Net income increased to $7 billion from $3.5 billion a year earlier, The Hague-based Shell said today in a statement. Excluding one-time items and inventory changes, earnings beat analyst estimates.
“Dare we say it but things appear to be going very smoothly for Shell,” Richard Griffith, a London-based analyst at Evolution Securities Ltd., wrote in a report. “Shell is in a sweet spot and should continue to get stronger as over 20 major projects come on stream in the next three years.”
Chief Executive Officer Peter Voser is seeking to boost output with a $100 billion investment plan through 2014, including the Pearl gas-to-liquids and Qatargas 4 liquefied natural-gas projects and an upgrade at an oil-sands project in Alberta. Shell has sold about $6.2 billion of assets this year, exceeding a $5 billion target.
“Assets sales from the non-core positions will continue, however the pace will probably slow down from here after very active period in 2010 and this year to date,” Chief Financial Officer Simon Henry said in a video statement on Shell’s website.
Full-year net investment will be below $25 billion, the lowest range of the target, because of the higher asset sales, Henry said. Shell forecast disposals to total $7 billion to $8 billion this year.
Adjusted earnings of $7 billion compared with the $6.6 billion mean estimate of 12 analysts surveyed by Bloomberg.
Shell’s Class A shares in London rose 1.2 percent to 2,280 pence as of the close of trading. The stock is up about 6.6 percent this year.
Earlier this week, BP Plc also reported profit that beat analyst estimates and increased an asset sales target by 50 percent to $45 billion. Statoil ASA, Norway’s biggest energy producer, said today that output rose for the first quarter in five as earnings fell on higher taxes. Eni SpA of Italy today said third-quarter earnings beat estimates. Exxon Mobil Corp. (XOM), the largest U.S. oil company, said earnings were in line with analysts’ estimates.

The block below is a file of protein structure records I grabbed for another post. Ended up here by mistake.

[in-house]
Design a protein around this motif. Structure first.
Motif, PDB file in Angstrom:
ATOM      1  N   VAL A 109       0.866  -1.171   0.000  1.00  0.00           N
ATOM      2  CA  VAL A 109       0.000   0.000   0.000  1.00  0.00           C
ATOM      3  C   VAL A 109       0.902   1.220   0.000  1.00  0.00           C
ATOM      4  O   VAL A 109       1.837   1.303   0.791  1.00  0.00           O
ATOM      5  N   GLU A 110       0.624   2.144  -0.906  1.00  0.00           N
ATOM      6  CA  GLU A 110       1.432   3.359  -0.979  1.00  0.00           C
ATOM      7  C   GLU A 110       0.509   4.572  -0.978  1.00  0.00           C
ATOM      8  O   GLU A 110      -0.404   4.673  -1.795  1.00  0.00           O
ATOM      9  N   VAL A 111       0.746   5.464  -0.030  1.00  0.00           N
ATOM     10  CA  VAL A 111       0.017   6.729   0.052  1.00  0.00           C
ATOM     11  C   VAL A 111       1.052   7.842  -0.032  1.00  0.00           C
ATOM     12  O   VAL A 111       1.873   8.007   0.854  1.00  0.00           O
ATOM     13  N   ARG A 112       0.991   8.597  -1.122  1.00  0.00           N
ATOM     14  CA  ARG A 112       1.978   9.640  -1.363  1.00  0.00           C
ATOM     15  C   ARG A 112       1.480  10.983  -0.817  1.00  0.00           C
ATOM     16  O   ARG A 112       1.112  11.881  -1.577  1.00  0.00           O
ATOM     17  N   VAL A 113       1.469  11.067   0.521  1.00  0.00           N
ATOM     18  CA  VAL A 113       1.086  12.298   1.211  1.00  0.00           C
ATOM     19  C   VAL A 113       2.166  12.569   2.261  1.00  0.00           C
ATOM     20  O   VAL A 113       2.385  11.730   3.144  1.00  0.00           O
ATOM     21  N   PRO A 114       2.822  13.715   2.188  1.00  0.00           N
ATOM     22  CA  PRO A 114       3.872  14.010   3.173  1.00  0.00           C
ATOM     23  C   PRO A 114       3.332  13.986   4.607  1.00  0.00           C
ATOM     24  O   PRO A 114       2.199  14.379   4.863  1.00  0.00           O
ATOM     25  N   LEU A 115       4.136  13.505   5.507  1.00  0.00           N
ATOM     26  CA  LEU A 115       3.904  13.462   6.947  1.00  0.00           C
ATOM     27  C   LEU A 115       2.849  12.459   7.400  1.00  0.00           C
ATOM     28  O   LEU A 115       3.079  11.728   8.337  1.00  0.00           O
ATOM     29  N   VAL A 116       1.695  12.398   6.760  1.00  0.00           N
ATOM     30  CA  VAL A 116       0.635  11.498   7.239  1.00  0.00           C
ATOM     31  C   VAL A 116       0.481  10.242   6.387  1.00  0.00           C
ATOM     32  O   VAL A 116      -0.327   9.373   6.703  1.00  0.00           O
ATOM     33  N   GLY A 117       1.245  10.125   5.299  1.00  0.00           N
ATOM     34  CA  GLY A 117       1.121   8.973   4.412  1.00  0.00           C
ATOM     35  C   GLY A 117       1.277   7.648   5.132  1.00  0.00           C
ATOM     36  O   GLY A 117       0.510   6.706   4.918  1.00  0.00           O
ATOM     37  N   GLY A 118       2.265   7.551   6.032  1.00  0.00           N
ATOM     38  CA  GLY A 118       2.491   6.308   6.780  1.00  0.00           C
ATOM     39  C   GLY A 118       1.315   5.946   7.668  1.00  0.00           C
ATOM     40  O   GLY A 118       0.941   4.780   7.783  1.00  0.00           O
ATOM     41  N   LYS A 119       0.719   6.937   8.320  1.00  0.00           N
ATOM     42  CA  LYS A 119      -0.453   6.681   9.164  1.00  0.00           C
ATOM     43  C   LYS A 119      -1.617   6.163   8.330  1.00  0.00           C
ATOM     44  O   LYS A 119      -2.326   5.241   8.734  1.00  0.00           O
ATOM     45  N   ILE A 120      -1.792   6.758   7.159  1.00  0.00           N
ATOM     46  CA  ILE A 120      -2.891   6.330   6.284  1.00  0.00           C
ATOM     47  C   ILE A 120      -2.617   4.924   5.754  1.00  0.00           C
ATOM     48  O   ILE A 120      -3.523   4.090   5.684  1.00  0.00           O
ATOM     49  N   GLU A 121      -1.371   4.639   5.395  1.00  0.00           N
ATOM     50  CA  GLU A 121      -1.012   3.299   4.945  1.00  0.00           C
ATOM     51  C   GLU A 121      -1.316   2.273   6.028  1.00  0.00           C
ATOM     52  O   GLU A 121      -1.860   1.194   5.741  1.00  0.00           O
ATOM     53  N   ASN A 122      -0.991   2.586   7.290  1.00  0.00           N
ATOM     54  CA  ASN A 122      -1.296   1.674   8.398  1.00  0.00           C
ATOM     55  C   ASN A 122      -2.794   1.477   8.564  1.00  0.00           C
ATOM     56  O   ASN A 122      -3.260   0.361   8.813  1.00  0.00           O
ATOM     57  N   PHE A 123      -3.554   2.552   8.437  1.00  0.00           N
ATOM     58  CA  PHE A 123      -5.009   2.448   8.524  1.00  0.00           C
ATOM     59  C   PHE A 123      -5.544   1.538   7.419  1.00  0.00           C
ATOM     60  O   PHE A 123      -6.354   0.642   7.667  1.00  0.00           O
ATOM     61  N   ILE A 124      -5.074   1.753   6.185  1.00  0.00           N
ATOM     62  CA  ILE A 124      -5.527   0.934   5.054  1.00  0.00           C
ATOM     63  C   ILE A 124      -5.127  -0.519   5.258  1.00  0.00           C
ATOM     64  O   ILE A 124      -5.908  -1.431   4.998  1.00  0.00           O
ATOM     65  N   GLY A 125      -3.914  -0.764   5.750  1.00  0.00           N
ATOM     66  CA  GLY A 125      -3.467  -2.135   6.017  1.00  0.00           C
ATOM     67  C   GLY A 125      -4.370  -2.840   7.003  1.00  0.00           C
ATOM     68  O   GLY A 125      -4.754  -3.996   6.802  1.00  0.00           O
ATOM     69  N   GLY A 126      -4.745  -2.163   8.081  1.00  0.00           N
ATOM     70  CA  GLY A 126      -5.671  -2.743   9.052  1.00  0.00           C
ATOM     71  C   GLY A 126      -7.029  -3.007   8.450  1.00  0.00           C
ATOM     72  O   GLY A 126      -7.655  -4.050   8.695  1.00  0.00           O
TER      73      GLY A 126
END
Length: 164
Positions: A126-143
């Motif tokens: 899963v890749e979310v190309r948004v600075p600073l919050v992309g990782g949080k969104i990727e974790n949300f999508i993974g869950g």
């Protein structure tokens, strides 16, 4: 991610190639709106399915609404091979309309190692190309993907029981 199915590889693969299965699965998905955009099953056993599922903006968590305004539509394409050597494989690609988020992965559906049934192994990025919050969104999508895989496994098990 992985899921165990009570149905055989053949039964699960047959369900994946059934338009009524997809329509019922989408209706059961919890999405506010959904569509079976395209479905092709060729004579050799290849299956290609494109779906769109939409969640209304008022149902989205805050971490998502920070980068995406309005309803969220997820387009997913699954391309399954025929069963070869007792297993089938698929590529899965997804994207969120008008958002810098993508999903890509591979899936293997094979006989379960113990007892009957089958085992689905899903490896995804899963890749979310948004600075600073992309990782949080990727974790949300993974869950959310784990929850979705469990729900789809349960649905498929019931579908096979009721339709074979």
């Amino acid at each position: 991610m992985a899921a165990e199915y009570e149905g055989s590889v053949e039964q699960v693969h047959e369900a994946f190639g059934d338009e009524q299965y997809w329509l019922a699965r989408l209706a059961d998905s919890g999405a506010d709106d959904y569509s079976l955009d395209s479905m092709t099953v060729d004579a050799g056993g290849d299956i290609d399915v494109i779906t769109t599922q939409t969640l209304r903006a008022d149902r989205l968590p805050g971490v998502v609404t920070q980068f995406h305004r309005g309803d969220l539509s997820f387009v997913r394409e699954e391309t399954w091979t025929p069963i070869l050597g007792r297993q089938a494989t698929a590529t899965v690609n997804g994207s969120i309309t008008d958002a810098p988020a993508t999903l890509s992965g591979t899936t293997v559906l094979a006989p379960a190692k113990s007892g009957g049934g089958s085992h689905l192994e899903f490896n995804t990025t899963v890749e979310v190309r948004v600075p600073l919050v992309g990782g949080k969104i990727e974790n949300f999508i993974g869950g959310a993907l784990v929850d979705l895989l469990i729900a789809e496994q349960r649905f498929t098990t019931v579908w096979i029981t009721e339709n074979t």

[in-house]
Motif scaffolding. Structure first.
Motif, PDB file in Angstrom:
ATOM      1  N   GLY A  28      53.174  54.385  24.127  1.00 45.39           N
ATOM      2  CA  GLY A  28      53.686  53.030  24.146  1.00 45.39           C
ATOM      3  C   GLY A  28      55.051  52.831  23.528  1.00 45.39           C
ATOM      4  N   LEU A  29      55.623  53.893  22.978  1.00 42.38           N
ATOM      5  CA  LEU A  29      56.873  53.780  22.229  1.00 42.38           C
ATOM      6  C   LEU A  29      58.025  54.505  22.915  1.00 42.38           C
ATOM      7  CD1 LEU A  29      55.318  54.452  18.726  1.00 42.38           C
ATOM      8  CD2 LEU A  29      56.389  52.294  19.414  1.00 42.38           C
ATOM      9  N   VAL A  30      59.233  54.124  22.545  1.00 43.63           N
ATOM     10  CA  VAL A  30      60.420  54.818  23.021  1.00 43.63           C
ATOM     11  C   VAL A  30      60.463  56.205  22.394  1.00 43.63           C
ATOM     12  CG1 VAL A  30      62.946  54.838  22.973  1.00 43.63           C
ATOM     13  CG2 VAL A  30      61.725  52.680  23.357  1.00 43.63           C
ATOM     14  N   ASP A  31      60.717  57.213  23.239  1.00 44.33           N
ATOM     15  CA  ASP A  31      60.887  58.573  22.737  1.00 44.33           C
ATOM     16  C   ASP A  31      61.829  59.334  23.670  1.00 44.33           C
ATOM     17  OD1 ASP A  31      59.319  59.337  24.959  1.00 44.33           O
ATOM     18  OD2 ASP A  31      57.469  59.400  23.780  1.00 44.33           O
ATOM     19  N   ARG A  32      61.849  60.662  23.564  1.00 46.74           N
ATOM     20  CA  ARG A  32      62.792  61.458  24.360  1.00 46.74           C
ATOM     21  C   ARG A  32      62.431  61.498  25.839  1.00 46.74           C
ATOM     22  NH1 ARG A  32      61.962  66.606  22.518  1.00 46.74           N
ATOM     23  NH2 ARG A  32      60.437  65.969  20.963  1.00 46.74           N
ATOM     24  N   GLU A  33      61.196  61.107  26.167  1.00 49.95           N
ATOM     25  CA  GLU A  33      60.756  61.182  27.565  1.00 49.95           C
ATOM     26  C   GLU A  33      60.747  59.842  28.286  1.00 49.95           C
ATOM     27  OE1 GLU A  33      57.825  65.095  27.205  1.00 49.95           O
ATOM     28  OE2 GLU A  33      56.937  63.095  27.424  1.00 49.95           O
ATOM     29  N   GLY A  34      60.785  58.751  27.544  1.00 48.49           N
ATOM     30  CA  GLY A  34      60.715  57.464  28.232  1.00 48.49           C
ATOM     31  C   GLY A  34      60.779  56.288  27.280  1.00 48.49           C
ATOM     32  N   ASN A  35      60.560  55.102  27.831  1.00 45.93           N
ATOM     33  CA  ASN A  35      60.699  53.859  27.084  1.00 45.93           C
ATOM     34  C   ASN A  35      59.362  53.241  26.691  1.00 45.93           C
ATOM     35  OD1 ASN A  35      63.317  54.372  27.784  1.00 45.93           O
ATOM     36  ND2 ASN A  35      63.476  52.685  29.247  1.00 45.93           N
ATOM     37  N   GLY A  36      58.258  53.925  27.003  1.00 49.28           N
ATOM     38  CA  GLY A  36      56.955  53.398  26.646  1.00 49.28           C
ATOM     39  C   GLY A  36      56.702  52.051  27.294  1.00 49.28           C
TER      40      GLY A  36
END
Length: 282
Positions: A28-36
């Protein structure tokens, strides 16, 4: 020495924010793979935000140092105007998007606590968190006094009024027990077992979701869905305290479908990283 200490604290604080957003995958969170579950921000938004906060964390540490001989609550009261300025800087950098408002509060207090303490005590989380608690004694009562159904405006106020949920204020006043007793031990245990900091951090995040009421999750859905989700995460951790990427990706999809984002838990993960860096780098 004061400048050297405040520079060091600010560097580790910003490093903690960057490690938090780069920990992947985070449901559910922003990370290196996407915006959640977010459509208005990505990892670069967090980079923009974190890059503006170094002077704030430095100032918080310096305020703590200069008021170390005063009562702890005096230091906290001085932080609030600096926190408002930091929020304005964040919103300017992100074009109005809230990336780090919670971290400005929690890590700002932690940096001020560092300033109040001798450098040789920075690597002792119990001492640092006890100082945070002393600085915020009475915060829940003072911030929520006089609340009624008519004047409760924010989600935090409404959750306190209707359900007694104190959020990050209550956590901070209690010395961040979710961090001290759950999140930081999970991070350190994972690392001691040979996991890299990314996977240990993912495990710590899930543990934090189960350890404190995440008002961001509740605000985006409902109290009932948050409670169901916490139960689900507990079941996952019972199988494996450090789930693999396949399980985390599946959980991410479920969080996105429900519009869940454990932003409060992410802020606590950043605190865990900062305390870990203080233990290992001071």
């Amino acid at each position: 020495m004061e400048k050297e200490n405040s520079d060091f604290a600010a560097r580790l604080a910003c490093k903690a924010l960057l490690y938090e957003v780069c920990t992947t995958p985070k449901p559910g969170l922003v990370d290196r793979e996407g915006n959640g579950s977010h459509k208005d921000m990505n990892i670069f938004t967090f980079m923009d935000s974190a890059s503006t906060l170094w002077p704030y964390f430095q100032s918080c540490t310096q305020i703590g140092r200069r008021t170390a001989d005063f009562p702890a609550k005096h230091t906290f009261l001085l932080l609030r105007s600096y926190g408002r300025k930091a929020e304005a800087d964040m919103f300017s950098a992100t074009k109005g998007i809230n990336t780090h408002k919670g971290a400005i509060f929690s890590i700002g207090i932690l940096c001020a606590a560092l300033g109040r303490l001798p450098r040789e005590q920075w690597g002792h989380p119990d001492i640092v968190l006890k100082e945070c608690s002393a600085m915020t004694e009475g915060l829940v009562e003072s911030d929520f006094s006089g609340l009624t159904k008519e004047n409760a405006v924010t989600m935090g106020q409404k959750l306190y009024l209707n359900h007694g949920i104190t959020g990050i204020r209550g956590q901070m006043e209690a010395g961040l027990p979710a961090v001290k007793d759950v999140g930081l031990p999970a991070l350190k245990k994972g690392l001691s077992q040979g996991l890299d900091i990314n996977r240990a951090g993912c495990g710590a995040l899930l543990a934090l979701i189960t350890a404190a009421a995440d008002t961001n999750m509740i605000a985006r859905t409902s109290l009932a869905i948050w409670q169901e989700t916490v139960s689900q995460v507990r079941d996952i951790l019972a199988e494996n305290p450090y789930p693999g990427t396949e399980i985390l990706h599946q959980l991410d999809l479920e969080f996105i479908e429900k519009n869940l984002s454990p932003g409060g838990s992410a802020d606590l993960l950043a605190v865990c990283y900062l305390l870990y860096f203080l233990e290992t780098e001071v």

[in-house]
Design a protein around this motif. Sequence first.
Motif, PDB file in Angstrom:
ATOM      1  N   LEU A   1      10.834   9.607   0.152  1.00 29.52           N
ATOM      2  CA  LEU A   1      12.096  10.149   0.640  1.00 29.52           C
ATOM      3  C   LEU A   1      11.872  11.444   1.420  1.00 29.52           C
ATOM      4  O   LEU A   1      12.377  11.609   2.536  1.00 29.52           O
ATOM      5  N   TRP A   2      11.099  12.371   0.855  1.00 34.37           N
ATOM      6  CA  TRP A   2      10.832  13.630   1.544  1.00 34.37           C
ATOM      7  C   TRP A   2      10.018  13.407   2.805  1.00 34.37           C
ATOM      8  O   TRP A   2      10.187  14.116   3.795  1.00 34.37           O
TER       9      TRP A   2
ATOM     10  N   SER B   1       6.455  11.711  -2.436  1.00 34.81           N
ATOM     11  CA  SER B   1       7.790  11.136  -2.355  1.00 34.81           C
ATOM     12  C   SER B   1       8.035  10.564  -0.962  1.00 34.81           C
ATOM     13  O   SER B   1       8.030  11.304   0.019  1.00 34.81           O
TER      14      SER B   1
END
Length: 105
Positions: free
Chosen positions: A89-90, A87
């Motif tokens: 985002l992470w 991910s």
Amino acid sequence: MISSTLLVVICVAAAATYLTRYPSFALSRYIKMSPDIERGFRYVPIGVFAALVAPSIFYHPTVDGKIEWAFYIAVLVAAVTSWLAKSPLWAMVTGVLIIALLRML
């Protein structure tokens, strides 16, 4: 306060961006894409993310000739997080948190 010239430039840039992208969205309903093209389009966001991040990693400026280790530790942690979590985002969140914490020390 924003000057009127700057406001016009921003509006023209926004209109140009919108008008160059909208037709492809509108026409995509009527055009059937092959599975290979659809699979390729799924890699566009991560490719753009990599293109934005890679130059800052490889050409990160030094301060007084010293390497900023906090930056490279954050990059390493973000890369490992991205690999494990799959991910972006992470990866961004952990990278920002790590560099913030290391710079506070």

LNG sales volumes increased 12 percent to 4.76 million tons from the year-earlier quarter, Shell said.
Overall production fell 2 percent to 3.012 million barrels of oil equivalent a day. New fields contributed about 270,000 barrels of oil equivalent a day in the third quarter, including the expanded Canadian oil sands project, which produced about 50,000 barrels, and about 140,000 of new barrels from Qatar, Henry said.
Shell’s cash flow benefited from a 33 percent gain in U.K. gas futures and a 46 percent increase in Brent oil prices from the year-earlier quarter.
Shell received its first “couple of hundred million dollars” contribution from its $12 billion biofuels joint venture with Cosan SA Industria & Comercio in Brazil, Henry said today. It was involved in two exploration discoveries in French Guiana and Australia. Shell also secured new exploration projects in the Americas, Ukraine, Tanzania and New Zealand.
The Anglo-Dutch company is also “looking for opportunities” to produce LNG and explore for oil and gas in Papua New Guinea, possibly with Petromin PNG Holdings Ltd., Henry said.
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